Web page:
Leadership in A Vulture Culture

I was listening to the Catalyst podcast recently and one of the hosts told a story about how he saw a bunch of vultures eating a carcass on the side of the road and purposefully went out of his way to hit one of them.

He recalled how the birds deliberately waited until the last minute to get out of the way, but as soon as he passed by they went right back to their grisly meal.  In fact, they went back much quicker than they left.

He then remarked on how some organizations are plagued by a "Vulture Culture," where gossipers, malcontents and bitter folk can't wait for something to go wrong so they can start "picking the carcass," so to speak.  Even if these "vultures" are cleared off their picking, they often leave reluctantly and rush back as soon as they think the time is right.

I resonated with this analogy.

I live and breathe in the arena of Church and church-y people so that is the frame of reference from which I write.  But the truth of the Vulture Culture transcends church-y arenas to all sorts of organizations.

You see, leaders often have to let something within an organization die in order to help it move forward into the future.  There are also moments when they have to kill something that won't die on it's own.

Some people have called these things "sacred cows," which isn't the most inclusive terminology to use, but there you go.

I have discovered that some people---let's call them "vultures" for the sake of this analogy---love to gather around and pick at dead sacred cows.  They just can't help themselves, they can't leave the poor thing alone.

And here's the rub about these vultures.  As a leader, you might succeed in finally scattering them from their task, but true to their very nature---vultures will circle around until they get the chance to come back.

Sometimes they wait until after the leader has moved on, and then they come swooping in triumphantly to take their place picking at that dead sacred cow again.  Because leaders and organizations that are adept at killing sacred cows, are not typically that good at getting rid of the carcass of the bloody thing.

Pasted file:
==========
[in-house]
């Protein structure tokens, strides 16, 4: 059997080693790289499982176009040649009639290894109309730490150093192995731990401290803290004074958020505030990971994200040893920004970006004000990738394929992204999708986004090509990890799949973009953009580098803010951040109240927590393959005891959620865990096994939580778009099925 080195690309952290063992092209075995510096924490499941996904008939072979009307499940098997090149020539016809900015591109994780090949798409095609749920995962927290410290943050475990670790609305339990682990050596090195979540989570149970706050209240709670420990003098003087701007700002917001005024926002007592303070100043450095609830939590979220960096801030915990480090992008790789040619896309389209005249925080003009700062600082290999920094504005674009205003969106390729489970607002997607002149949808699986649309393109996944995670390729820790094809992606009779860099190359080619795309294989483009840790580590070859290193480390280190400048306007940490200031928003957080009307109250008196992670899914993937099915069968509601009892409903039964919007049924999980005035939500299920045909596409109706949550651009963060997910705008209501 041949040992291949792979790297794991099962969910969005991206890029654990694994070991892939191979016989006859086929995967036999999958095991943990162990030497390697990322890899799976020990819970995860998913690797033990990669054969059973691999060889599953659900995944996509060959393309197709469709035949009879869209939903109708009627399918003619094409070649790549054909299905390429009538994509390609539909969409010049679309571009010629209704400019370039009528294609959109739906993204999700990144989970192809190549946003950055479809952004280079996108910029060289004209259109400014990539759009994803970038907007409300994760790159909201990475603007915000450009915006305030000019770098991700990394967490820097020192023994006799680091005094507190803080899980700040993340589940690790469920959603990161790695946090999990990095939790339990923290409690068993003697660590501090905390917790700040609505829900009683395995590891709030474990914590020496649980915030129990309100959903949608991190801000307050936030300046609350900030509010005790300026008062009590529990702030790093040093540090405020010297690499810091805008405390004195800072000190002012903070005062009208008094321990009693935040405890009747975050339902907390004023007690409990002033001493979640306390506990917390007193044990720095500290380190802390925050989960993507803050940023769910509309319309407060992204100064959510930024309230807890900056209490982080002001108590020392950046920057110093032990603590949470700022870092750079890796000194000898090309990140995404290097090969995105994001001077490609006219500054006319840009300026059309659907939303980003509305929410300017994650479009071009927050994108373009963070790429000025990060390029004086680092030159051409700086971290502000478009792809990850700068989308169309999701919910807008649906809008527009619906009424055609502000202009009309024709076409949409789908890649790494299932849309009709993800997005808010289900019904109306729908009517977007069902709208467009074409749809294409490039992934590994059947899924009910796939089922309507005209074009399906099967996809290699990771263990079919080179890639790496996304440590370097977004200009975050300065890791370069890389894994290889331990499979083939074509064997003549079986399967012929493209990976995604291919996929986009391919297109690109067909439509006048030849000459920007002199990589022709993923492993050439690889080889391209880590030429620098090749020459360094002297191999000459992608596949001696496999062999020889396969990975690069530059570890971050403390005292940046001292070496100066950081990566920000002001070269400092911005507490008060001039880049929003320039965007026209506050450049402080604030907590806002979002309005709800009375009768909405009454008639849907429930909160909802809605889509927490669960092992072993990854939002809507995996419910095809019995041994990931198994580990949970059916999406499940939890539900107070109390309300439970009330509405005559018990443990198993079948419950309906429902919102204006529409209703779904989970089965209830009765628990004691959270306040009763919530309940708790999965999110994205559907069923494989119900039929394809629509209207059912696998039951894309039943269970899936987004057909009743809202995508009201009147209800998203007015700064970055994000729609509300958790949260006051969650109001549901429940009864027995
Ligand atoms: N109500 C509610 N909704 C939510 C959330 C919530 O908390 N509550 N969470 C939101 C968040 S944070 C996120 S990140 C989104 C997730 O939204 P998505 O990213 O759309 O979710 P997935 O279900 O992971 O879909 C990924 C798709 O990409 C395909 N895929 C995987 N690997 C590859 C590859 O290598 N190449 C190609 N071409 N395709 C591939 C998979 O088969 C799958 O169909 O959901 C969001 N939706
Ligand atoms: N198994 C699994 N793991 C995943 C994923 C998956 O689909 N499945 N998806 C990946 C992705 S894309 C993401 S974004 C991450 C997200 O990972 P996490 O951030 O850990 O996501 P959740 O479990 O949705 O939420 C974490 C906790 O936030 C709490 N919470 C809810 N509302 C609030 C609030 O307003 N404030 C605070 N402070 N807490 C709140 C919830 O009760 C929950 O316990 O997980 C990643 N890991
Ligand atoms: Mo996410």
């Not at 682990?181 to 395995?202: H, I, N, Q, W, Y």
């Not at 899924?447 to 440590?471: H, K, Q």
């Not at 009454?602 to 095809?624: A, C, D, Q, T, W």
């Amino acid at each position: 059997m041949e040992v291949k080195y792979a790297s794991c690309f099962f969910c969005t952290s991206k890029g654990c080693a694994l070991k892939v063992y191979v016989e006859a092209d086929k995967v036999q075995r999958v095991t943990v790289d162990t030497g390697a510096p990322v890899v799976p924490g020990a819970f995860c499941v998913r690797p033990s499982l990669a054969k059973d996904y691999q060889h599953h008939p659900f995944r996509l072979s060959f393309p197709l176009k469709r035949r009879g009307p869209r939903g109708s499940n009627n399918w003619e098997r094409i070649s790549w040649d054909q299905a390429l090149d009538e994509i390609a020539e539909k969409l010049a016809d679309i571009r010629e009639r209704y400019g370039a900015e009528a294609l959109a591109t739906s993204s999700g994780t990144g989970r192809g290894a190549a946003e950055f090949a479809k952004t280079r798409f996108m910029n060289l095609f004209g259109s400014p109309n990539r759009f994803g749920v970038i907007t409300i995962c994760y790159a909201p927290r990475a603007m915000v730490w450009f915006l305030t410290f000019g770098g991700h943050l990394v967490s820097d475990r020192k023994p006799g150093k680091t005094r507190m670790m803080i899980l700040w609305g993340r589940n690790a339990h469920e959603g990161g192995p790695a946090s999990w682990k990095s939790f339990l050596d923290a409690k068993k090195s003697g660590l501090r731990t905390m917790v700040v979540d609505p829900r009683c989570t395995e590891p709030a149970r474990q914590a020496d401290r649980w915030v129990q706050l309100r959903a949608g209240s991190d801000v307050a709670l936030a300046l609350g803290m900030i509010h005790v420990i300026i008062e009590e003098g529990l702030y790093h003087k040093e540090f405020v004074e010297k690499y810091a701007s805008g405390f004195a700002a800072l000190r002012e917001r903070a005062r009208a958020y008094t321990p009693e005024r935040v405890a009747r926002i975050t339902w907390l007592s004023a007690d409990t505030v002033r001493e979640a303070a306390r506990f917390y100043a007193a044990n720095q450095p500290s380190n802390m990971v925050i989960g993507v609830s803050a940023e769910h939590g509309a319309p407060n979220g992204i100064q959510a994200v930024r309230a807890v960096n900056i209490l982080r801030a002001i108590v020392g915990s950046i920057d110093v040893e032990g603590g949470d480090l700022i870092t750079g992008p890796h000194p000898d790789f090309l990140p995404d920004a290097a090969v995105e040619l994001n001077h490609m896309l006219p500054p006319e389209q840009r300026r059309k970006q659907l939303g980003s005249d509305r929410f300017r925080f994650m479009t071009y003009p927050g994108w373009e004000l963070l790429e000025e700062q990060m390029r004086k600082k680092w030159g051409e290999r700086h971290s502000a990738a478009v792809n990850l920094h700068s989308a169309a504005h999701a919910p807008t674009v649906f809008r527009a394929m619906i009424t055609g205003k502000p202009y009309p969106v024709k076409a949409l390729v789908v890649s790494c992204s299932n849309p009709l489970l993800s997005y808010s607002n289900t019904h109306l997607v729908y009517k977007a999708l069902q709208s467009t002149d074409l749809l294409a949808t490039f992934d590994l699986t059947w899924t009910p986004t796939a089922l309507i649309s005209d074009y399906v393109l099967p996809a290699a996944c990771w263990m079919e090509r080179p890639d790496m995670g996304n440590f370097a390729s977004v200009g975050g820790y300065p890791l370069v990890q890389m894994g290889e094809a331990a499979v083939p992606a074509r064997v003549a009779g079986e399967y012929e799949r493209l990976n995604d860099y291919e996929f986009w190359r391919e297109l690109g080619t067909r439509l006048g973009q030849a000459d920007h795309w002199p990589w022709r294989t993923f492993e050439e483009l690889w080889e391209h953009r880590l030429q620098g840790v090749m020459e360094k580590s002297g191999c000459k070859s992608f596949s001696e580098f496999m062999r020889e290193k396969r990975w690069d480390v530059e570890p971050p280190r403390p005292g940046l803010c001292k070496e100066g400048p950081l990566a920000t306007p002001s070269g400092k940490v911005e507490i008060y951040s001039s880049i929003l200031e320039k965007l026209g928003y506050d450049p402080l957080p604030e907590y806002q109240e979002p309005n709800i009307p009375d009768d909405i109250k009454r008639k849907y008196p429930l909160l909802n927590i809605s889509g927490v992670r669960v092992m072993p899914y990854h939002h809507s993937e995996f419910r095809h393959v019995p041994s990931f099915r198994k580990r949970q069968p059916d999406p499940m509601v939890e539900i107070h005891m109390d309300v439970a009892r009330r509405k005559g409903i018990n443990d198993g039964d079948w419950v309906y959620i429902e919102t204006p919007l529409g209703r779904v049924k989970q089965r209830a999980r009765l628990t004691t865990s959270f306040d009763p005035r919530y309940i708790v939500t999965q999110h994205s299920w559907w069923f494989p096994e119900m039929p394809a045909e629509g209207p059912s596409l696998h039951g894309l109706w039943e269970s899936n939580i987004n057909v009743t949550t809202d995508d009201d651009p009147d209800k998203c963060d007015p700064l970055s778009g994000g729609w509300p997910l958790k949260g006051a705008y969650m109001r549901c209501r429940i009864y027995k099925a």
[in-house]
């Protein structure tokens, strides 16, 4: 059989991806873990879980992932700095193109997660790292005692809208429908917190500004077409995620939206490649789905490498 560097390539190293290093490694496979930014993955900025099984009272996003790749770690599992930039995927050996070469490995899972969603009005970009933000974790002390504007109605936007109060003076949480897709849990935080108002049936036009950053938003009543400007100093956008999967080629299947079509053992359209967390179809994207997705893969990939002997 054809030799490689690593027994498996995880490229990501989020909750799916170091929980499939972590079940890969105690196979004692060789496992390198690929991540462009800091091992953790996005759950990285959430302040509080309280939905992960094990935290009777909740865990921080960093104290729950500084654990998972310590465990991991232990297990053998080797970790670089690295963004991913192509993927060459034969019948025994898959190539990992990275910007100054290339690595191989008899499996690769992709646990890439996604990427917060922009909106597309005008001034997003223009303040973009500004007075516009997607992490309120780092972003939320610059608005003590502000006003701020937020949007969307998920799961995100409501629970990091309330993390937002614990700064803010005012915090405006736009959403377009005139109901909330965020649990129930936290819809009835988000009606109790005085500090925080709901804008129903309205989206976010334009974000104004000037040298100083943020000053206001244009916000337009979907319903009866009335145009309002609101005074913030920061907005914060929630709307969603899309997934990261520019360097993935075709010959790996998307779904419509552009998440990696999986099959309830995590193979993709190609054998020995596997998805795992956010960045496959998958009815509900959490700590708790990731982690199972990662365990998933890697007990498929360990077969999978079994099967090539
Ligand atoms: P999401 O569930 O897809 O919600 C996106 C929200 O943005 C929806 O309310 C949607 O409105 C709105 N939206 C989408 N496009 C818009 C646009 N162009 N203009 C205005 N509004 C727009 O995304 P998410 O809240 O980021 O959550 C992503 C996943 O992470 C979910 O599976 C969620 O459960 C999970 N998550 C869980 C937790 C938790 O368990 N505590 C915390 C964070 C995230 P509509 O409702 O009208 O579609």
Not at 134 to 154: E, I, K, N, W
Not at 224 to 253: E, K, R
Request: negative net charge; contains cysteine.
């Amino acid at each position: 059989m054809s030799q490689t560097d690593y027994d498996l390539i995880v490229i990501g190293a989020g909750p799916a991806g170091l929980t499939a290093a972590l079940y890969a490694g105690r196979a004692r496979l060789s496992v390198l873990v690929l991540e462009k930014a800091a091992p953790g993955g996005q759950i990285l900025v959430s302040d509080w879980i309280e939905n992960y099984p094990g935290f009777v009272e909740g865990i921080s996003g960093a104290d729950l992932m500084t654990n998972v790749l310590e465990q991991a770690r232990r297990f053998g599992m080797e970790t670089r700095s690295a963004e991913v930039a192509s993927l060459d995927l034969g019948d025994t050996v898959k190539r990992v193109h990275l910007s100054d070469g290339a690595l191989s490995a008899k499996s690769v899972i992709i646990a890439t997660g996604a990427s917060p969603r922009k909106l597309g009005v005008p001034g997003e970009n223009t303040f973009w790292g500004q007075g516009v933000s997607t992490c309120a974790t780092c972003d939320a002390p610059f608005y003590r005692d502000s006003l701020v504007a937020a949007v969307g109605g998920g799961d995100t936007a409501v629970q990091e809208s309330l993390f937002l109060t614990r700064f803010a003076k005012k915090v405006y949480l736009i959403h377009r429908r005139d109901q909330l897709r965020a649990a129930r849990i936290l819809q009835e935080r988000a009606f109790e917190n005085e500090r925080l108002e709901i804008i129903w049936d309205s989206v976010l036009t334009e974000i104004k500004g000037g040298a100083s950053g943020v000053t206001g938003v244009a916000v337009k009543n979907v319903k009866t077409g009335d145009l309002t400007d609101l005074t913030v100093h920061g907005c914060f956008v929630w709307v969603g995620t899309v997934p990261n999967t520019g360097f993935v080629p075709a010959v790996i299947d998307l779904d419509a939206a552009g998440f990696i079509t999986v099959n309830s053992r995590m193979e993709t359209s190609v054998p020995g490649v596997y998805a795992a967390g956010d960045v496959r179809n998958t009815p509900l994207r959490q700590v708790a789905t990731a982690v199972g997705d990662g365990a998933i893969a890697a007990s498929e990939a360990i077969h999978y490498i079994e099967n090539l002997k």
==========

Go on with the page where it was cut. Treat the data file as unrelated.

Sometimes vultures don't wait for the leader to leave before they come flapping back to their picking, which can be a painful experience for a leader and an organization.

Here are three tips if you want to create a "Vulture-Free Culture" in your organization:
  • Make sure that even the carcass of the sacred cow is gone once it's dead.  Replace it with something that is so awesome, so incredible that people wonder why the sacred cow was ever sacred (here's a hint: it wasn't ever sacred).  
  • Foster a healthy environment where the members of your organization want to shoo away the vultures on their own because they rather enjoy a vulture-free zone.  And don't we all---really? 
  • Turn vultures into volunteers (you like how that sounds don't you?).  Seriously, one way to get vultures off the carcass of the sacred cow is to help them discover that there is abundant life apart from feeding on dead things.  Some vultures won't ever get this, but if they do---they can become your biggest supporters.  
Of course, you could always play it safe and just never kill any sacred cows... but what fun would that be?
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